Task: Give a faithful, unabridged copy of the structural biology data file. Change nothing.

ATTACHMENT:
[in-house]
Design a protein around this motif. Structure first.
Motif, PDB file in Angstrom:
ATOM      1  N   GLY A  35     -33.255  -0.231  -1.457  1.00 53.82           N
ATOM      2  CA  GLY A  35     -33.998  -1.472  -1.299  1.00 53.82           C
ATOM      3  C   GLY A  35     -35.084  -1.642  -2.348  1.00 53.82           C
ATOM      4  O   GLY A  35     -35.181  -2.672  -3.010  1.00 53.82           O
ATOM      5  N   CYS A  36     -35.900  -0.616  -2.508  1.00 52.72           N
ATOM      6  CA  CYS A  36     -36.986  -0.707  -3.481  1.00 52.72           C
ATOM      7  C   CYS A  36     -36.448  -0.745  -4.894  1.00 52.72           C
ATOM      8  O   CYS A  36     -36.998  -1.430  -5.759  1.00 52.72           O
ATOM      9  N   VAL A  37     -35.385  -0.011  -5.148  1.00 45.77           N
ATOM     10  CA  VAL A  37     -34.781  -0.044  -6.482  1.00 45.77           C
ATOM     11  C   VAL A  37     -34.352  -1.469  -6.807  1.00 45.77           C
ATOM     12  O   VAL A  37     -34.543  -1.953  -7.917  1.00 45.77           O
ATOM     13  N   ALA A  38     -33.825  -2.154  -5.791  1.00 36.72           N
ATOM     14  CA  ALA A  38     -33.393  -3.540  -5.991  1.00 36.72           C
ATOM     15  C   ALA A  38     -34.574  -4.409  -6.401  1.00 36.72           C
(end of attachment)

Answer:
[in-house]
Design a protein around this motif. Structure first.
Motif, PDB file in Angstrom:
ATOM      1  N   GLY A  35     -33.255  -0.231  -1.457  1.00 53.82           N
ATOM      2  CA  GLY A  35     -33.998  -1.472  -1.299  1.00 53.82           C
ATOM      3  C   GLY A  35     -35.084  -1.642  -2.348  1.00 53.82           C
ATOM      4  O   GLY A  35     -35.181  -2.672  -3.010  1.00 53.82           O
ATOM      5  N   CYS A  36     -35.900  -0.616  -2.508  1.00 52.72           N
ATOM      6  CA  CYS A  36     -36.986  -0.707  -3.481  1.00 52.72           C
ATOM      7  C   CYS A  36     -36.448  -0.745  -4.894  1.00 52.72           C
ATOM      8  O   CYS A  36     -36.998  -1.430  -5.759  1.00 52.72           O
ATOM      9  N   VAL A  37     -35.385  -0.011  -5.148  1.00 45.77           N
ATOM     10  CA  VAL A  37     -34.781  -0.044  -6.482  1.00 45.77           C
ATOM     11  C   VAL A  37     -34.352  -1.469  -6.807  1.00 45.77           C
ATOM     12  O   VAL A  37     -34.543  -1.953  -7.917  1.00 45.77           O
ATOM     13  N   ALA A  38     -33.825  -2.154  -5.791  1.00 36.72           N
ATOM     14  CA  ALA A  38     -33.393  -3.540  -5.991  1.00 36.72           C
ATOM     15  C   ALA A  38     -34.574  -4.409  -6.401  1.00 36.72           C